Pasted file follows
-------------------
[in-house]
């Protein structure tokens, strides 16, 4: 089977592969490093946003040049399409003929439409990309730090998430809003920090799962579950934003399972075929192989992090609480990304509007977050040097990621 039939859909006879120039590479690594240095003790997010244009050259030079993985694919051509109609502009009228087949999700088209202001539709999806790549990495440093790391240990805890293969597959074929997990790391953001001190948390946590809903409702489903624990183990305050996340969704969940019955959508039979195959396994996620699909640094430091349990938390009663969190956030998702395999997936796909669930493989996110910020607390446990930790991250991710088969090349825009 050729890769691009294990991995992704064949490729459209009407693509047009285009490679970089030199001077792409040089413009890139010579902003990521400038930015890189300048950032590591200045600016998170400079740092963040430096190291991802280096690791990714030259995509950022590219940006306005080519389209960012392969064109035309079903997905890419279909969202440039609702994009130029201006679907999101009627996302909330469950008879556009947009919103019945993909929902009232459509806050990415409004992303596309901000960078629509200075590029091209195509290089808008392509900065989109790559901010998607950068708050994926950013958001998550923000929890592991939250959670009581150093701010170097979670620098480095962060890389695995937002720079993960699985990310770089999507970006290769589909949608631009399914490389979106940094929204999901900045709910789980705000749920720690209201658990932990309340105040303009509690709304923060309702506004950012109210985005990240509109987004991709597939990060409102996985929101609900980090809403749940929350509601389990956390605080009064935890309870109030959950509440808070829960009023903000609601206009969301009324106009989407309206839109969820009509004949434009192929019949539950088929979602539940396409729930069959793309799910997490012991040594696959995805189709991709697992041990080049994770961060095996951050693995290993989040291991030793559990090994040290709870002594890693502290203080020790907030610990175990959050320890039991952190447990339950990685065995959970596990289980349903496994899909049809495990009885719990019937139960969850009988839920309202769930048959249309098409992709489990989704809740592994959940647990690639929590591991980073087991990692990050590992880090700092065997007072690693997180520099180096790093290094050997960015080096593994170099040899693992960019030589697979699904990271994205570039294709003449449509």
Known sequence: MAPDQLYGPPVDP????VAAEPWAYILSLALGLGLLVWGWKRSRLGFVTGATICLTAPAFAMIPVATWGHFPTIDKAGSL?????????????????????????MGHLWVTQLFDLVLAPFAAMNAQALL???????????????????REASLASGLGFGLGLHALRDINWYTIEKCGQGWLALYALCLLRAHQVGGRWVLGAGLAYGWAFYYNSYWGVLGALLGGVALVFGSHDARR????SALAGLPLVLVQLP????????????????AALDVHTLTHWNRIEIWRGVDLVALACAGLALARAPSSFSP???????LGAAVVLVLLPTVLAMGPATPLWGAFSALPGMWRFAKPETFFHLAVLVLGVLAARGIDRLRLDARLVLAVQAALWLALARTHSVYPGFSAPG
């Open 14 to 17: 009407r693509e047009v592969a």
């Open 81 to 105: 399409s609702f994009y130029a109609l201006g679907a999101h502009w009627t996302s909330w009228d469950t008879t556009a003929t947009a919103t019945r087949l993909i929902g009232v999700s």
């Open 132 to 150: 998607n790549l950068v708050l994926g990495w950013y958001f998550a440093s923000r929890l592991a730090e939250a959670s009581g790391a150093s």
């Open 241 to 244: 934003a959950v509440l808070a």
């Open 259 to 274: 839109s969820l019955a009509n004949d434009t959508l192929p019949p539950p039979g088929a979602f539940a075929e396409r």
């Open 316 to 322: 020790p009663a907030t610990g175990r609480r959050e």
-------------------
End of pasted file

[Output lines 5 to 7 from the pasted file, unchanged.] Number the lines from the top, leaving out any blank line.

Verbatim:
């Open 81 to 105: 399409s609702f994009y130029a109609l201006g679907a999101h502009w009627t996302s909330w009228d469950t008879t556009a003929t947009a919103t019945r087949l993909i929902g009232v999700s």
């Open 132 to 150: 998607n790549l950068v708050l994926g990495w950013y958001f998550a440093s923000r929890l592991a730090e939250a959670s009581g790391a150093s």
């Open 241 to 244: 934003a959950v509440l808070a």